In Negron v. Warriner's Construction Co., plaintiff slipped on ice and snow in a PNC Bank parking lot that he was using as a short cut to get from his home to a nearby Dollar Store. A morning snow storm dropped approximately 5-6 inches of snow on the area. After the snow stopped, the parking lot was plowed and salted. Plaintiff, who lives across the street from the bank, actually watched the lot get plowed and salted. Several hours after the lot was plowed, a light snowfall covered the lot again with a dusting of snow and, in certain spots, ice underneath.

At around 9 pm, after the second snowfall, plaintiff left his home for the Dollar Store. "Rather than staying on public sidewalks, plaintiff took his normal route by taking a shortcut across the PNC Bank parking lot." This was apparently not uncommon in the neighborhood; residents regularly cut across the lot. There were no fences or gates preventing them from doing so, but there was a "No Trespassing" sign. There was also a sign restricting parking to only bank customers, but this was frequently ignored by neighborhood residents who parked their cars in the lot. 

Continue reading “Shortcut Across Bank Parking Lot Leads To A Slip And Fall, But No Liability For The Bank”

Condo Association Not Immune From Liability For Slip-And-Fall On Its Private Sidewalk

Shovel (PD)The latest chapter in the "can I be sued if someone slips and falls on the sidewalk in front of my house after it snows" saga has been written. In Qian v. Toll Brothers Inc., the New Jersey Supreme Court held that a condominium association was responsible for clearing snow and ice from the private sidewalks that it controlled, and therefore could be liable for injuries caused by its failure to do so.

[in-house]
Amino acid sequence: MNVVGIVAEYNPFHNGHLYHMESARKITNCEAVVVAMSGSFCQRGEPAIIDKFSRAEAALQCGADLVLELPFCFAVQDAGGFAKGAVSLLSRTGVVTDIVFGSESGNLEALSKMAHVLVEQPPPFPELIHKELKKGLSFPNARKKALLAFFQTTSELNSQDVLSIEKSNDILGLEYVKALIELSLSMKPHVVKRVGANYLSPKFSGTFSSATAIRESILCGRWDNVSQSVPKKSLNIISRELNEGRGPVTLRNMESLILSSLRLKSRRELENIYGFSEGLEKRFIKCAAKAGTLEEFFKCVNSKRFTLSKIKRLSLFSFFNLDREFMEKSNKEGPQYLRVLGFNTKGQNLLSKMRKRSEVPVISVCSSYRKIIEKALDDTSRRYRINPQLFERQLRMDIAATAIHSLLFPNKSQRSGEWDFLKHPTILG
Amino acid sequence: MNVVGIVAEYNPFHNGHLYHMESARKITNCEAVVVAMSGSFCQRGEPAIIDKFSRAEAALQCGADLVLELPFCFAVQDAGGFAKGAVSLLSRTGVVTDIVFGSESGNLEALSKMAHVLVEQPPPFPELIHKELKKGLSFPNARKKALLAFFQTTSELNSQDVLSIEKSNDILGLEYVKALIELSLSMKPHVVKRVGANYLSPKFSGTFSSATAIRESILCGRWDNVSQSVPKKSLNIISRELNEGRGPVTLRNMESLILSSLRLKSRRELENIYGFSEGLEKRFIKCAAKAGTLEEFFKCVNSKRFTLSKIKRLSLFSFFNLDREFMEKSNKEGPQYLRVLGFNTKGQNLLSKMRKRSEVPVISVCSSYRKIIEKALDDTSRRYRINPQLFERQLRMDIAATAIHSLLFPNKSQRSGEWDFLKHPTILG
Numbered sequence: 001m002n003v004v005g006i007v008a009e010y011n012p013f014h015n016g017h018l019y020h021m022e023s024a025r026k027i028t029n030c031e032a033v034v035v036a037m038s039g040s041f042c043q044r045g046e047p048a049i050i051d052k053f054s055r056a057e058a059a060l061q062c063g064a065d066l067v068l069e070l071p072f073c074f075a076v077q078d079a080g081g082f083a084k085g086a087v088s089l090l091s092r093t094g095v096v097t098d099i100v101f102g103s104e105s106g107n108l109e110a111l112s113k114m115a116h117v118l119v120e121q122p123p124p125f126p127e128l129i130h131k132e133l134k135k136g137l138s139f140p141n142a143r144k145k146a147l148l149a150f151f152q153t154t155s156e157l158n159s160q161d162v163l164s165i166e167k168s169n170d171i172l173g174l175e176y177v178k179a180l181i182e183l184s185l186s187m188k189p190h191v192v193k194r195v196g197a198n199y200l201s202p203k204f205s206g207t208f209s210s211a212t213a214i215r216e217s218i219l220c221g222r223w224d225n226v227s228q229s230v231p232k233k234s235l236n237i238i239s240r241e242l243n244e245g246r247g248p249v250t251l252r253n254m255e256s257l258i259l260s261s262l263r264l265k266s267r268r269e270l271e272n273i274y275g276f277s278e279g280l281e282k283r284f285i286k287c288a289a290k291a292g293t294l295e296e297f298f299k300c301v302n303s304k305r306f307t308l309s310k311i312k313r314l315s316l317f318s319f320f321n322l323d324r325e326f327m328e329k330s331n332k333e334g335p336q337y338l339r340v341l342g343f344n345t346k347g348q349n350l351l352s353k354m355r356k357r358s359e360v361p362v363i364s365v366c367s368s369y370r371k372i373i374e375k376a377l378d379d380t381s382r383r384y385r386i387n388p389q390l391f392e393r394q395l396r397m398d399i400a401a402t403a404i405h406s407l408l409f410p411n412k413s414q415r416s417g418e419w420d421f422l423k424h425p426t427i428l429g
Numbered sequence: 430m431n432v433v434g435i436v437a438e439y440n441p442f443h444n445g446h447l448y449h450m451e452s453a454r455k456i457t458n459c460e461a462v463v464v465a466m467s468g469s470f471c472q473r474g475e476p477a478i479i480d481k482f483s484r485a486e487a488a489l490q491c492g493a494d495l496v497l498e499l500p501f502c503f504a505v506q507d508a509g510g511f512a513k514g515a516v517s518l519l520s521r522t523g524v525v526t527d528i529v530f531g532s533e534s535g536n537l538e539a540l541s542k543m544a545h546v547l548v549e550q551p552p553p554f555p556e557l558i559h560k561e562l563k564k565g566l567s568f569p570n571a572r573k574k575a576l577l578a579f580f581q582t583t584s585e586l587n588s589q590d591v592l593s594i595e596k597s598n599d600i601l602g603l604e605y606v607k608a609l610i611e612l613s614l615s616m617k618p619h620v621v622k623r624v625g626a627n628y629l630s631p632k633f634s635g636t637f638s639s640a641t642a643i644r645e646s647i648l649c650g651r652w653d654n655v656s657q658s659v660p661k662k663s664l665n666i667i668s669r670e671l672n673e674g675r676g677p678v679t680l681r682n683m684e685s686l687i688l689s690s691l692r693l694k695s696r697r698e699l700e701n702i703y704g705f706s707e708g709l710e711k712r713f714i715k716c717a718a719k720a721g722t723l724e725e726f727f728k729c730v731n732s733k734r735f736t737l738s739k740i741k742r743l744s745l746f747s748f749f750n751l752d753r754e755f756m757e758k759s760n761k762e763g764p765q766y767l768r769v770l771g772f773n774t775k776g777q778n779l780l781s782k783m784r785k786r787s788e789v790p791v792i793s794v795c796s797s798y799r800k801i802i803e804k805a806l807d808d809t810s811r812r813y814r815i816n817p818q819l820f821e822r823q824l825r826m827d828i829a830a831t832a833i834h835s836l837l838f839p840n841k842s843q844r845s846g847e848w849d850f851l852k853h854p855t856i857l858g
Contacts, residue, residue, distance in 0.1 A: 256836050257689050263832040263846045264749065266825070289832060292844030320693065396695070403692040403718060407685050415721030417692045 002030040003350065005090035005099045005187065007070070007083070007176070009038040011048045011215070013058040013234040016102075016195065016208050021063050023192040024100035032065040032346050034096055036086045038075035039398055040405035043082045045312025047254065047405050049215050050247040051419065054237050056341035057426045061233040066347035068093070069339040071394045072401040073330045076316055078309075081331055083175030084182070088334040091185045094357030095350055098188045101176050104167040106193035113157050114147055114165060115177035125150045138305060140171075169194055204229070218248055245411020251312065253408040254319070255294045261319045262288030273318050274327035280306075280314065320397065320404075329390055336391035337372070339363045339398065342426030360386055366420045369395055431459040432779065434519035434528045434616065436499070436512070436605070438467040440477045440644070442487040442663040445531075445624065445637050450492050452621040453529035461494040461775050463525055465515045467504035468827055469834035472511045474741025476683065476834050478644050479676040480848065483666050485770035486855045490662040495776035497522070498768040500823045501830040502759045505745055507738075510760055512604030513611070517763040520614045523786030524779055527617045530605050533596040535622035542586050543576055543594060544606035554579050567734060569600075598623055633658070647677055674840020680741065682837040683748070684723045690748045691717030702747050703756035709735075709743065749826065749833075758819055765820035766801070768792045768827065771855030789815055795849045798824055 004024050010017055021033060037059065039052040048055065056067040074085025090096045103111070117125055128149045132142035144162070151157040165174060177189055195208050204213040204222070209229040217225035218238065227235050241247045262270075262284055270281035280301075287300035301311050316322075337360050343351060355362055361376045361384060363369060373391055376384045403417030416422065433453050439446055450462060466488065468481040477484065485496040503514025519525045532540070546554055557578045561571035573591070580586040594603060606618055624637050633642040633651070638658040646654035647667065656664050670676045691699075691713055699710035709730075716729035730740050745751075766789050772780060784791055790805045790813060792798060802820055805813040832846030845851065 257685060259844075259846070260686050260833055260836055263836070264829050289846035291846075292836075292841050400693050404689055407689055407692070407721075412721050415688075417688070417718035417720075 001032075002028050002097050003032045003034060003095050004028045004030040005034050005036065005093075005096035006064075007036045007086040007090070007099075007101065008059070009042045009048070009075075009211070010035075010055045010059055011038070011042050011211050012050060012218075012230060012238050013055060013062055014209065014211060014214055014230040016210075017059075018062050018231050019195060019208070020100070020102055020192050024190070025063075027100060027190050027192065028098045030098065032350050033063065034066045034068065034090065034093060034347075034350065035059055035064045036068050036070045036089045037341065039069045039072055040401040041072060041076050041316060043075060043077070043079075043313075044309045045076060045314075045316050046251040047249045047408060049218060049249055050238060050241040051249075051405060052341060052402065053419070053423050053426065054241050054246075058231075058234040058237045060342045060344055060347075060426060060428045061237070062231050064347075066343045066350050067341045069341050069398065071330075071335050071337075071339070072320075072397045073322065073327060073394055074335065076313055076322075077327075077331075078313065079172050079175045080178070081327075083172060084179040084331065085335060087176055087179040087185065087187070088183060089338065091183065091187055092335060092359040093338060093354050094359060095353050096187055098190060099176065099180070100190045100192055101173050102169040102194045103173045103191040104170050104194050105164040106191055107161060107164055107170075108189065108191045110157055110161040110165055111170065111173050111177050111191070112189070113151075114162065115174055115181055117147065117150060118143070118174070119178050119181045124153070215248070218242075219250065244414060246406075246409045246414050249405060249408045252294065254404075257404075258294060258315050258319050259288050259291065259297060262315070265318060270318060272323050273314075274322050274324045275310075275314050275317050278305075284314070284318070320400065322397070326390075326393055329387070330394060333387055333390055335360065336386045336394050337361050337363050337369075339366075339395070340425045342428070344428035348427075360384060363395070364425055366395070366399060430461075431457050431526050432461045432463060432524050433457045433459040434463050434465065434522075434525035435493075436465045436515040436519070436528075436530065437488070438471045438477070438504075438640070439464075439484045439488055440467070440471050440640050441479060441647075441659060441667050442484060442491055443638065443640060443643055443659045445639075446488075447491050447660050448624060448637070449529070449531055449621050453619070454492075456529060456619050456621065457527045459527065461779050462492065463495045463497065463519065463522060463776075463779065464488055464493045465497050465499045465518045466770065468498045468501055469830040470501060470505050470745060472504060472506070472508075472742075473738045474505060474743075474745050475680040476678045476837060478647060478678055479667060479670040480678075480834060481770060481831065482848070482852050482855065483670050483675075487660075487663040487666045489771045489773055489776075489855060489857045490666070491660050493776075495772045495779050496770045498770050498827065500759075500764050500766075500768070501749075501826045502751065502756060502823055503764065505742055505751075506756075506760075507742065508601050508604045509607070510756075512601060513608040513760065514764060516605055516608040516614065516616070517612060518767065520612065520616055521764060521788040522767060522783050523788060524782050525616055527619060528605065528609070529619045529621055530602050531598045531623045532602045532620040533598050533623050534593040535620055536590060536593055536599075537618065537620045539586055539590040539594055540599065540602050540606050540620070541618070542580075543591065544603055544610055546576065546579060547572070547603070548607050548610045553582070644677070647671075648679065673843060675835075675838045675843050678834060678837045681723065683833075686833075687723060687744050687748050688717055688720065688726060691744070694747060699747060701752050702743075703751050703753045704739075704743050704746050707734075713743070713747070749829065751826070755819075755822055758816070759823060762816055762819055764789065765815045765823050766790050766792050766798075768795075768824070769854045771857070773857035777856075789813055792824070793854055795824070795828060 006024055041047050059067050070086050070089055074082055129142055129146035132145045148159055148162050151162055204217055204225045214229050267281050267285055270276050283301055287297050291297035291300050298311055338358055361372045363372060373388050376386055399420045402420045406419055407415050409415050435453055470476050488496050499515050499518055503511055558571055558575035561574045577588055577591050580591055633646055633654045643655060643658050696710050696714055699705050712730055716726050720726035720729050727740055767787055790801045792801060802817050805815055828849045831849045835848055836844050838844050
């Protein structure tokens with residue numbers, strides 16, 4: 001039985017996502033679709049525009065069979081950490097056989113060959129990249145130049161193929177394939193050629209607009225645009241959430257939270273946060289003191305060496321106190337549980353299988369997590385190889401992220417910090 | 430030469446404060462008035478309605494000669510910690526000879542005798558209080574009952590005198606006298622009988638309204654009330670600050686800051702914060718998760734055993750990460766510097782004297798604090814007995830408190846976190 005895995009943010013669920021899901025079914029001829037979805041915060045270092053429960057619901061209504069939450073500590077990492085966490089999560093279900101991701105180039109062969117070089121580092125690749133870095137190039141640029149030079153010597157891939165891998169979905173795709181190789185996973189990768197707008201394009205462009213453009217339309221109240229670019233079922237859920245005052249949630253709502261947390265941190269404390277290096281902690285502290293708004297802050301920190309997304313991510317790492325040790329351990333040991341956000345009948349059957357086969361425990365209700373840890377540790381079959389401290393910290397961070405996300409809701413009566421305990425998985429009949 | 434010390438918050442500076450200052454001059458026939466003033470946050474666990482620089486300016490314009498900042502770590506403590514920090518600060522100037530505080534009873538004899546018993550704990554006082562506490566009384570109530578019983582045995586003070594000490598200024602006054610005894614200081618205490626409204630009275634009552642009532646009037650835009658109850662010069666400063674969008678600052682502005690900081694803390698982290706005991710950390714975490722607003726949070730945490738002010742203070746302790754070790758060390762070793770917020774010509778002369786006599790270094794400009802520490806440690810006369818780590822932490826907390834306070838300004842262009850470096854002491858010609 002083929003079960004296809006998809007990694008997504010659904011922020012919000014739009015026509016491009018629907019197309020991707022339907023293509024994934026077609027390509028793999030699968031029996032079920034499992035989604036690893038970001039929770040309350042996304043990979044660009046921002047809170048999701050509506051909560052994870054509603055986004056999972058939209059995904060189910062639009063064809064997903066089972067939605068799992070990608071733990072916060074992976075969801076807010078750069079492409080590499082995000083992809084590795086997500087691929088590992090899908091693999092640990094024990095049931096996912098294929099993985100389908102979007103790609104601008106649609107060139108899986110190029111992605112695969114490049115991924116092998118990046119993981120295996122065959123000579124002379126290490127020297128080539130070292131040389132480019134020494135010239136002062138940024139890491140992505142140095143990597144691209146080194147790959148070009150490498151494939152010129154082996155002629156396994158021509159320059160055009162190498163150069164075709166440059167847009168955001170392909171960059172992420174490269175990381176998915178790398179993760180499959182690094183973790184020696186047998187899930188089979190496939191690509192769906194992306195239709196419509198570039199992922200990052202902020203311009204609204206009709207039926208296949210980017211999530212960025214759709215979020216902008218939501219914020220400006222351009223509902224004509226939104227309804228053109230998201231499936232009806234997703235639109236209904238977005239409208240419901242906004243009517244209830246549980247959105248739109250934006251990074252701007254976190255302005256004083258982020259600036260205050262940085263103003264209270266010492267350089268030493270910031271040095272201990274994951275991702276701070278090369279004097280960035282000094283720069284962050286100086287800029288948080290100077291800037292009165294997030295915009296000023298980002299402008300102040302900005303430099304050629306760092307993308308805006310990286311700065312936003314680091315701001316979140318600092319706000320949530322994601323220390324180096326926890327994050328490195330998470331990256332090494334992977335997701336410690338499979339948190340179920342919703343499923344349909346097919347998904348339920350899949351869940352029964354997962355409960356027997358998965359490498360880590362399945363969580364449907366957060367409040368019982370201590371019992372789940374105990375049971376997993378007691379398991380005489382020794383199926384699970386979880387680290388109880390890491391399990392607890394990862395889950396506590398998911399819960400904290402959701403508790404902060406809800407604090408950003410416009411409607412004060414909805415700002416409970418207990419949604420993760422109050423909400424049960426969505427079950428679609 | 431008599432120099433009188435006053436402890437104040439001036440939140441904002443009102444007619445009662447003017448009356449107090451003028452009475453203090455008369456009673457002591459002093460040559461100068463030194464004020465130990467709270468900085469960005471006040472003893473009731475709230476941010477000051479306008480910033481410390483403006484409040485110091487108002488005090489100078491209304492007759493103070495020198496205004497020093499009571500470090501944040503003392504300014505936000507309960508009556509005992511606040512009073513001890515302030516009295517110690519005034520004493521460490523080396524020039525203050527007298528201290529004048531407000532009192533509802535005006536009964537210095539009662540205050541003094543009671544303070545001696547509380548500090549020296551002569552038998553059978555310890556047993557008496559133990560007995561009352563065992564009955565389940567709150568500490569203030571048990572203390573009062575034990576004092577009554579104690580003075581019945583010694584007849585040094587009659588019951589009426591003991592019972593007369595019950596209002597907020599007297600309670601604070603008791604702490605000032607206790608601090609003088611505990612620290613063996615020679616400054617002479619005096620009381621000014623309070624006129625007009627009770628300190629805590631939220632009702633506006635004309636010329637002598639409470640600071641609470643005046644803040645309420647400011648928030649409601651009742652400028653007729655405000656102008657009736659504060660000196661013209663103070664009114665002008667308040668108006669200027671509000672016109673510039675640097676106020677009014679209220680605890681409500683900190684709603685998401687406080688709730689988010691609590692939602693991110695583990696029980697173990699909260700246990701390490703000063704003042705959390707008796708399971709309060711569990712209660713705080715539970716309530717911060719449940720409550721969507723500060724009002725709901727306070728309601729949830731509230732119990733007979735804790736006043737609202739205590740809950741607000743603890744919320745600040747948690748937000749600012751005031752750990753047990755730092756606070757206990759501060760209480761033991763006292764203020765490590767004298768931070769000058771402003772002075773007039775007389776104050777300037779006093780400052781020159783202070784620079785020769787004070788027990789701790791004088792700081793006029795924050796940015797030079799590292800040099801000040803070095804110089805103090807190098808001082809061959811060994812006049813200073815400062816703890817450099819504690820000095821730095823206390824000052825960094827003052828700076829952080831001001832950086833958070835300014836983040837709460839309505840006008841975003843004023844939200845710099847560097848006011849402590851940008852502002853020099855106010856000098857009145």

The general law on this issue is well-settled. Historically, no property owners had a duty to maintain the sidewalks on property that abutted public streets, but this changed in the early 1980’s, when the New Jersey Supreme Court imposed such a duty on commercial property owners, but not residential property owners. Therefore, commercial property owners are required to remove snow and/or ice from the sidewalks abutting their property, but residential property owners are not.

In practice, however, the law has proven easier to state than apply. What about situations involving property that is both residential and commercial (click here for more on that)? Or, situations where the injured party is a tenant who is injured on the landlord's property (click here for more on that)? Or, situations where the property is in foreclosure (click here for more on that)? Or, the issue in Qian, situations where the property is a condominium or common-interest community?

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“Does Your Dog Bite?” What, If Any, Duty Does A Dog Owner Owe To A Trespasser?

 by:  Peter J. Gallagher (@pjsgallagher)

I loved the Pink Panther movies, and one of the more memorable scenes in the series involved Inspector Clouseau trying to pet an innkeeper's dog (or, more accurately, a dog that he thought belonged to the innkeeper:

 

 

Other than the fact that both involve a dog bite, this clip does not have much to do with the recent Appellate Division opinion in Ahrens v. Rogowski, but it is a funny clip and worth sharing.

In Ahrens, the Appellate Division was presented with the less humorous case of a woman who was bitten by a dog when "trespassing" on the dog owner's property. I put "trespassing" in quotes because, when I think of trespassing, I think of someone sneaking onto property late at night with nefarious motives, and that is not what happened in Ahrens. Nonetheless, plaintiff was trespassing in the legal sense when she was bitten by the property owner's dog and the Appellate Division was faced with what duty, if any, the owner owed her as a result.

 

Continue reading ““Does Your Dog Bite?” What, If Any, Duty Does A Dog Owner Owe To A Trespasser?”